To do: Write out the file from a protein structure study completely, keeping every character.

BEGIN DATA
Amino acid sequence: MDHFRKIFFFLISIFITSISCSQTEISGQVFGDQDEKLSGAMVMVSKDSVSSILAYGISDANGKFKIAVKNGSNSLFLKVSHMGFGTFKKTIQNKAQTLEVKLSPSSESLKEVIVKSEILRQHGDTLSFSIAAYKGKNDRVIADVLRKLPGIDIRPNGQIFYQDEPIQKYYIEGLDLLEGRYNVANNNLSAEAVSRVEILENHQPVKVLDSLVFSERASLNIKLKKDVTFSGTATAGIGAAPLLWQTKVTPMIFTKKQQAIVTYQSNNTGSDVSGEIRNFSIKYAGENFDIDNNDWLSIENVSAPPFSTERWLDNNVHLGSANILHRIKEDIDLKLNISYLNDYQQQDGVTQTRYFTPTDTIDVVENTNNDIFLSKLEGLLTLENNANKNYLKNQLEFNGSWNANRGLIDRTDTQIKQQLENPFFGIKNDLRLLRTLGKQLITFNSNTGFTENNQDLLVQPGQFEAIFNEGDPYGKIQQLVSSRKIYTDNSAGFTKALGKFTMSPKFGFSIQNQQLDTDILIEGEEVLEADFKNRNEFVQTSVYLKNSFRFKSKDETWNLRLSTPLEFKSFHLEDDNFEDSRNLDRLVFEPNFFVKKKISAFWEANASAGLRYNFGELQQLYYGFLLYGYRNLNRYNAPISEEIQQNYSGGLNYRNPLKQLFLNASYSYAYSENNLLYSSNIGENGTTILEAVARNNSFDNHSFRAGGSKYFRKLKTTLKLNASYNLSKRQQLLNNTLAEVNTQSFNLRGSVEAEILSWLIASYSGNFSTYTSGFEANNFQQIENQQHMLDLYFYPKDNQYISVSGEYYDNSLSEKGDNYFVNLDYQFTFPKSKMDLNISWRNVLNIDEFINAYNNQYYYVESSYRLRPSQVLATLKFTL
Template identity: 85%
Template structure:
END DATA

Amino acid sequence: MDHFRKIFFFLISIFITSISCSQTEISGQVFGDQDEKLSGAMVMVSKDSVSSILAYGISDANGKFKIAVKNGSNSLFLKVSHMGFGTFKKTIQNKAQTLEVKLSPSSESLKEVIVKSEILRQHGDTLSFSIAAYKGKNDRVIADVLRKLPGIDIRPNGQIFYQDEPIQKYYIEGLDLLEGRYNVANNNLSAEAVSRVEILENHQPVKVLDSLVFSERASLNIKLKKDVTFSGTATAGIGAAPLLWQTKVTPMIFTKKQQAIVTYQSNNTGSDVSGEIRNFSIKYAGENFDIDNNDWLSIENVSAPPFSTERWLDNNVHLGSANILHRIKEDIDLKLNISYLNDYQQQDGVTQTRYFTPTDTIDVVENTNNDIFLSKLEGLLTLENNANKNYLKNQLEFNGSWNANRGLIDRTDTQIKQQLENPFFGIKNDLRLLRTLGKQLITFNSNTGFTENNQDLLVQPGQFEAIFNEGDPYGKIQQLVSSRKIYTDNSAGFTKALGKFTMSPKFGFSIQNQQLDTDILIEGEEVLEADFKNRNEFVQTSVYLKNSFRFKSKDETWNLRLSTPLEFKSFHLEDDNFEDSRNLDRLVFEPNFFVKKKISAFWEANASAGLRYNFGELQQLYYGFLLYGYRNLNRYNAPISEEIQQNYSGGLNYRNPLKQLFLNASYSYAYSENNLLYSSNIGENGTTILEAVARNNSFDNHSFRAGGSKYFRKLKTTLKLNASYNLSKRQQLLNNTLAEVNTQSFNLRGSVEAEILSWLIASYSGNFSTYTSGFEANNFQQIENQQHMLDLYFYPKDNQYISVSGEYYDNSLSEKGDNYFVNLDYQFTFPKSKMDLNISWRNVLNIDEFINAYNNQYYYVESSYRLRPSQVLATLKFTL
Template identity: 85%
Template structure: